Biking the Baltics
How have the Baltic states changed since the collapse of communism?
June 7, 2003
The first moving objects on the Russian side of the Lithuanian frontier are white-tailed brown deer. Two of them bolt off through the birch and pine forest located on the sea coast side of the road I am riding on.
This bolt of activity disturbs the great tranquility that pervades this 60-mile sand dune, which extends like a long neck out into the Baltic Sea.
Most of this remote region was closed to visitors during Soviet times. The environmentally fragile Courland Spit, as it is called, is a protected habitat on both sides of the border.
The Lithuanians — who own prime real estate in the town of Nida — are actively promoting tourism. The Nobel Prize winning author, Thomas Mann, spent his summers here from 1930 to 1933.
His spacious thatched roof cottage, which sits on a hill that overlooks the lagoon side of the spit, is a popular museum.
Nida's steady return to the prosperity of 80 years ago is in stark contrast to the neglect — and absence of facilities — that is found on the Russian side.
The first village, Rybachi, is a dilapidated place of rutted dirt lanes, cottages without paint, a derelict Soviet-era community center — and unemployed people on street corners. They are busy drinking in mid-afternoon.
Rybachi's redeeming attraction is its church — built in the 1870s. It is one of only a handful still intact from what was, until 1945, German East Prussia.
As I pedal on, it starts to rain. By the next village, Lushnoj, a storm has gathered. I take refuge in a bus shelter and am joined by a youngish man with a heavy pack. His name is Andrey Khalaim.
He is 26, a PhD biologist, who's been traveling 36 hours from St. Petersburg by train and bus. He is on his way to Rybachi, where he will spend three months at the scientific station there.
Andrey tells me the real attraction of Rybachi is nothing man-made — rather it is the abundant bird and sea life, the freshness of the air and the village's relative remoteness. At his regular job in St. Petersburg, Andrey earns 2,000 rubles per month, half of which goes to rent. The ruble trades at an exchange rate of 30 for each dollar.
After the weather clears, we head our separate ways. The once vibrant German resort town of Kranz — now called Zelenogradsk — sits at the southern end of Courland Spit. It, too, is desolate and dispirited. Everything — except for a single modern hotel — is run down.
A large workers' resort, under construction at the prime seafront location when the Soviet Union collapsed in 1991, stands unfinished and has been fenced off. Only a handful of people stroll the sandy beaches where waves roll in from the open sea.
It's apparent — after only a day in Kaliningrad oblast (district) — that almost everything German was obliterated in the early decades of Soviet rule.
Not only were tens of thousands of Germans ethnically cleansed, all traces of their several hundred-year presence were expunged as well.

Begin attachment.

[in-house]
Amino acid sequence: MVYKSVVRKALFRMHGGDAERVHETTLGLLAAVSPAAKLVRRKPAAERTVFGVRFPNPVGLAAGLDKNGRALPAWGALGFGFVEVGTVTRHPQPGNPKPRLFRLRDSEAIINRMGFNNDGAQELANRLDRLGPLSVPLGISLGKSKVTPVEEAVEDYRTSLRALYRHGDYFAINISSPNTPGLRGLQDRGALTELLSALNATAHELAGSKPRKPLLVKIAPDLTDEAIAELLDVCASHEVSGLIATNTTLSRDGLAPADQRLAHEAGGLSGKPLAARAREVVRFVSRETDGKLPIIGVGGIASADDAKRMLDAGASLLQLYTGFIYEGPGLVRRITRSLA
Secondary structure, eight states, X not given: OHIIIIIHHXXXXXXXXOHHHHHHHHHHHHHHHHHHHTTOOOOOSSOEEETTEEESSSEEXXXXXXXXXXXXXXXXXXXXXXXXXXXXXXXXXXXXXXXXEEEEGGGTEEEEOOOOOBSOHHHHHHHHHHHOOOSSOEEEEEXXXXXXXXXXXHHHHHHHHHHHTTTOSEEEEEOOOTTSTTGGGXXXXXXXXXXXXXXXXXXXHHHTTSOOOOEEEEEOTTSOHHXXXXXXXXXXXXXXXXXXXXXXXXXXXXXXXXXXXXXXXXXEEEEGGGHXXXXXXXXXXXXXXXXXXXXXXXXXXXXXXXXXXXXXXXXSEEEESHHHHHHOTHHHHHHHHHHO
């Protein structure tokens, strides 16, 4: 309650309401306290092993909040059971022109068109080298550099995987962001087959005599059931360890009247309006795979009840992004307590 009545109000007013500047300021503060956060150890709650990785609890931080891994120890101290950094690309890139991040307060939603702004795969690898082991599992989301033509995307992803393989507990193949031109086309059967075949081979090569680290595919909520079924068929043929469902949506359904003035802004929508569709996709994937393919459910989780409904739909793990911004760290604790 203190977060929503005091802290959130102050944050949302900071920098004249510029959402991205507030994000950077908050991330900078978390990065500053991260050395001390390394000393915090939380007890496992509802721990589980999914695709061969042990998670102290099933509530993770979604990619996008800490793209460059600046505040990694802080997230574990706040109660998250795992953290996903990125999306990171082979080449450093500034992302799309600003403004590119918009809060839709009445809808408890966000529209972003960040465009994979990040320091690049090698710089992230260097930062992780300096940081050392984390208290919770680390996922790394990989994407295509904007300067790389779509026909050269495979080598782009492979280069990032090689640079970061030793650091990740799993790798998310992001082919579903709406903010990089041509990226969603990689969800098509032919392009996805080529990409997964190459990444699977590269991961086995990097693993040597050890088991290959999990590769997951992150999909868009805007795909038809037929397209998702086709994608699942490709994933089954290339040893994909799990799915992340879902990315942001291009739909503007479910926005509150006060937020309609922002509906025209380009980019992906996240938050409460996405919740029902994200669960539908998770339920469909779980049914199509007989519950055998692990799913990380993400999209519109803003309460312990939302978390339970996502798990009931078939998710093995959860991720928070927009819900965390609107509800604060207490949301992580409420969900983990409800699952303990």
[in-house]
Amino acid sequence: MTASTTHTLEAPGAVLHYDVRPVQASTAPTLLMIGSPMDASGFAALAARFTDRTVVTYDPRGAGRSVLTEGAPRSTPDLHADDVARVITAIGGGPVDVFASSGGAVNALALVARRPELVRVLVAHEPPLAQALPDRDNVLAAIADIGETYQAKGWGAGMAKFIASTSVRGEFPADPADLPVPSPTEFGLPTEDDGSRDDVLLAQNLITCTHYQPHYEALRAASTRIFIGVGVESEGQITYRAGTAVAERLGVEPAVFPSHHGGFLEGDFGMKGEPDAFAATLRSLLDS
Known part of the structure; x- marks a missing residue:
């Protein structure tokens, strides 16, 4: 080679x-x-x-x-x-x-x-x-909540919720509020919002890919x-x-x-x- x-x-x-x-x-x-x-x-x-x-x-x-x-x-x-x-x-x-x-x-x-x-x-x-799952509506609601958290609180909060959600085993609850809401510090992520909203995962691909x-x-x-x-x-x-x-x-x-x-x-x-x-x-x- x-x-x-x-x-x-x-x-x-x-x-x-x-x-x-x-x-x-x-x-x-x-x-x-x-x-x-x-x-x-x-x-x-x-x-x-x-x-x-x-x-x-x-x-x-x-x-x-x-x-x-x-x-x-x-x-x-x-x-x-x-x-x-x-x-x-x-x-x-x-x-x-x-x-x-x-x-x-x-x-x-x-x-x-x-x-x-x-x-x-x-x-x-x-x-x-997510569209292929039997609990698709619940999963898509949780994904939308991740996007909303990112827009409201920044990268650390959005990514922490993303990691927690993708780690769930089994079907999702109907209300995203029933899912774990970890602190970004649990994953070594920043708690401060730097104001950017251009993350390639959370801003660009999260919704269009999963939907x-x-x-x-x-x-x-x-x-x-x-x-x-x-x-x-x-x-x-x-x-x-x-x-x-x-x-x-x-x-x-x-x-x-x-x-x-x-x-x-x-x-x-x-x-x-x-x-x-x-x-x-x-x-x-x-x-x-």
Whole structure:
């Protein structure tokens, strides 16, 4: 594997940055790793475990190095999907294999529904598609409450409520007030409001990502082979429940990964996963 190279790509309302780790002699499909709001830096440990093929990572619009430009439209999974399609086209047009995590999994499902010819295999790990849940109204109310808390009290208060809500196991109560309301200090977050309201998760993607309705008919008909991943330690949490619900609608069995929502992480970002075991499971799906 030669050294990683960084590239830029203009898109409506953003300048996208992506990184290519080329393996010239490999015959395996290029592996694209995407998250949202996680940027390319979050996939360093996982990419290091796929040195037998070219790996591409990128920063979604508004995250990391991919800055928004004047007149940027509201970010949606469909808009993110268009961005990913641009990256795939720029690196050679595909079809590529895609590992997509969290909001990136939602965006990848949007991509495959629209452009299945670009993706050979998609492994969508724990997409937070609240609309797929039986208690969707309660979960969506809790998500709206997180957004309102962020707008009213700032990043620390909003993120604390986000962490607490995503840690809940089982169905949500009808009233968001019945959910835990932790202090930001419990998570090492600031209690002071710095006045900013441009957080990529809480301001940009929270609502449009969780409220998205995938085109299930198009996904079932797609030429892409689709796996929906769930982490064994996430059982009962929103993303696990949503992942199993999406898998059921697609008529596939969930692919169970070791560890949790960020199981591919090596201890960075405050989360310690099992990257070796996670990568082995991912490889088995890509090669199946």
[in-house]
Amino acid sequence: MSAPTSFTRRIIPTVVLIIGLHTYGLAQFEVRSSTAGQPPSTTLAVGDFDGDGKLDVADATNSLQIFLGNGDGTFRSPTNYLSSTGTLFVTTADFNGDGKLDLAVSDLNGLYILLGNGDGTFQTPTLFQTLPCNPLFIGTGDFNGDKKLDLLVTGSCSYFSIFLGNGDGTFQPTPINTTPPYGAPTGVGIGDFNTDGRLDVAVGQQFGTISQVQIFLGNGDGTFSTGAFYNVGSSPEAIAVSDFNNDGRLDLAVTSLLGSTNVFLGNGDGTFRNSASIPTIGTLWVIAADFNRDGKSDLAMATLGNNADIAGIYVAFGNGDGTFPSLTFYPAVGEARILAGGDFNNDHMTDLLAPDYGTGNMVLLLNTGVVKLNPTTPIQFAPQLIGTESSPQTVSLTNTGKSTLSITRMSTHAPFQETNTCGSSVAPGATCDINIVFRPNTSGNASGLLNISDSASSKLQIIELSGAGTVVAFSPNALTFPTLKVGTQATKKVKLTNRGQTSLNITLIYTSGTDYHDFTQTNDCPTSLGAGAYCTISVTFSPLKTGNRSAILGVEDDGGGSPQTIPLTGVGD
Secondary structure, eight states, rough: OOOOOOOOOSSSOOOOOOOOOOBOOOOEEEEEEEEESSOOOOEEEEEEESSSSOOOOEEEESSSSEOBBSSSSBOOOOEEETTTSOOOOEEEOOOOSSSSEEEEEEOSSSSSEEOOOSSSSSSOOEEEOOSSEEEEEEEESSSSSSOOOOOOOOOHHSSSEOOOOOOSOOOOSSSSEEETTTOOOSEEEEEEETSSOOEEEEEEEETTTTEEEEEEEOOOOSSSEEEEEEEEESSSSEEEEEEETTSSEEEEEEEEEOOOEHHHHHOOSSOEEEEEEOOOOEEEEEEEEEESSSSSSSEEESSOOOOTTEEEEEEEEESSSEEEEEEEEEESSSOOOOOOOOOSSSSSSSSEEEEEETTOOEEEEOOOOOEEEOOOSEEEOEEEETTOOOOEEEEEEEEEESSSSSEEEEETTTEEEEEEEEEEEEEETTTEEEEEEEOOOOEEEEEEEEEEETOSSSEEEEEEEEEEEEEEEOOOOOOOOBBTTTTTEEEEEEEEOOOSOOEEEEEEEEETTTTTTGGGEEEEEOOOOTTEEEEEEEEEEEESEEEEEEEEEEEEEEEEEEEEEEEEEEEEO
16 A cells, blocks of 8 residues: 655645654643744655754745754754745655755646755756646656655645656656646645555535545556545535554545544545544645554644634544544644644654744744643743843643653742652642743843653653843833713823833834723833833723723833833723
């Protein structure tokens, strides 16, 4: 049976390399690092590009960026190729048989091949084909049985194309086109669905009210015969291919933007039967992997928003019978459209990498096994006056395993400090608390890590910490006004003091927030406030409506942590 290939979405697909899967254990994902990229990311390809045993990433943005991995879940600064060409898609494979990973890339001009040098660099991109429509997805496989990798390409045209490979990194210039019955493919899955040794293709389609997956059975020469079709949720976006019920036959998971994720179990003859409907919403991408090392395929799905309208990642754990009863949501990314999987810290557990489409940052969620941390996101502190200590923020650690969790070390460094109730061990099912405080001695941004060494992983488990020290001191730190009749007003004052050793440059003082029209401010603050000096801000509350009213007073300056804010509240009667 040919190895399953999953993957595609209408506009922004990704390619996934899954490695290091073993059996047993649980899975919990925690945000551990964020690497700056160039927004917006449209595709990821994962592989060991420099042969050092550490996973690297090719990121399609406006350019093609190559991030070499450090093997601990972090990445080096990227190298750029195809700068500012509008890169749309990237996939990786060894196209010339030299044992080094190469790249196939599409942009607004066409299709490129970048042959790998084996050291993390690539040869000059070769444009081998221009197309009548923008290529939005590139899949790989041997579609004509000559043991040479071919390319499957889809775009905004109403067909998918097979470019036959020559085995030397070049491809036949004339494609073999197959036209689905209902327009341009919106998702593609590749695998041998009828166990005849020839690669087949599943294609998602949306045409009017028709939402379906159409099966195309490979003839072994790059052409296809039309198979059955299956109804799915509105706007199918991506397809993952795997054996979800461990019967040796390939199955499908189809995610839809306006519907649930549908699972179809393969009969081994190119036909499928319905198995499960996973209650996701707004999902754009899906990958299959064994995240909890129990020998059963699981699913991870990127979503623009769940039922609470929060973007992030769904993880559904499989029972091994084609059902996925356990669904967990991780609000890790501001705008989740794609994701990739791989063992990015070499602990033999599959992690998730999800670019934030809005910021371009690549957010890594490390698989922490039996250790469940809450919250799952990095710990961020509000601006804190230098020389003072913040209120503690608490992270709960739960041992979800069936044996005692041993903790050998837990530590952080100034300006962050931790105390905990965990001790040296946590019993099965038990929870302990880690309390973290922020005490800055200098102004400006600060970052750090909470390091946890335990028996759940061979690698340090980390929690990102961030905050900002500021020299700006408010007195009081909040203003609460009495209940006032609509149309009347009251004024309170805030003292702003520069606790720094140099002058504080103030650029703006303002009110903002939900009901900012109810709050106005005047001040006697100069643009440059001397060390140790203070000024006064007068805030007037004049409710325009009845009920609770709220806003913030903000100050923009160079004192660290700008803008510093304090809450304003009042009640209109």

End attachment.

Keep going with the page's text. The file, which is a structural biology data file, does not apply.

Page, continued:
The German-language inscriptions on the buildings were also removed. Even the grave stones are gone.
That Kaliningrad faces an identity crisis is an understatement. Stalin demanded — and got — this part of East Prussia with its fine ice free port, as war booty at the Potsdam conference between the war victors in 1945.
This region of over one million people remains Stalin's gift to Russia. Germany — in view of its repeated acts of military aggression in the area — has foresworn any territorial claim.
But that does not mean the West has not fast encroaching on the area. When Lithuania and Poland became EU members on May 1, 2004, Kaliningrad was surrounded by the European Union.
In fact, travelers on buses and trains leaving Kaliningrad bound for Russia proper now have to have special permits to cross EU member state Lithuania.
I spend a morning in Kaliningrad city with two pensioners who scrape by on under $80 a month. From them, I learn why Kaliningrad clings to its Soviet past.
Most visitors here wonder why the main street is still called "Lenin Prospect," which intersects "Soviet Prospect." Lenin statues remain as they were. In fact, the district's second city is Sovietsk.
The pensioner, Mikail, who is 77 and retired from the military, says these leftovers from the Soviets are the only history Kaliningraders have.
What are they to do otherwise, he asks, go back to the German names as if this were not part of Russia?
Riding south from Kaliningrad toward Poland, one is struck by the sense that this region is slipping economically — just as the neighboring post-communist states advance.
In Lithuania, rural people are still very poor. Tractors are uncommon. And yet, people own their farms now — and they often work the fields late into the evening and on weekends.
In contrast, in the Kaliningrad district, with the same fertile countryside, family farms are few. After 80 years of czarist serfdom and communism, many Russians living outside Moscow still have very little sense and little interest in owning private property.
Even institutions like the church, which serve the Lithuanians and Poles so well, are fragile and new.
Still, Russia and Kaliningrad have opened to the world. People are warm and generous to travelers — even though they have little in material possessions. Border formalities are professional — and courteous.
At least fear is gone from Russia. But the era of economic self-interest and improvement has not yet arrived. What a difference a border makes.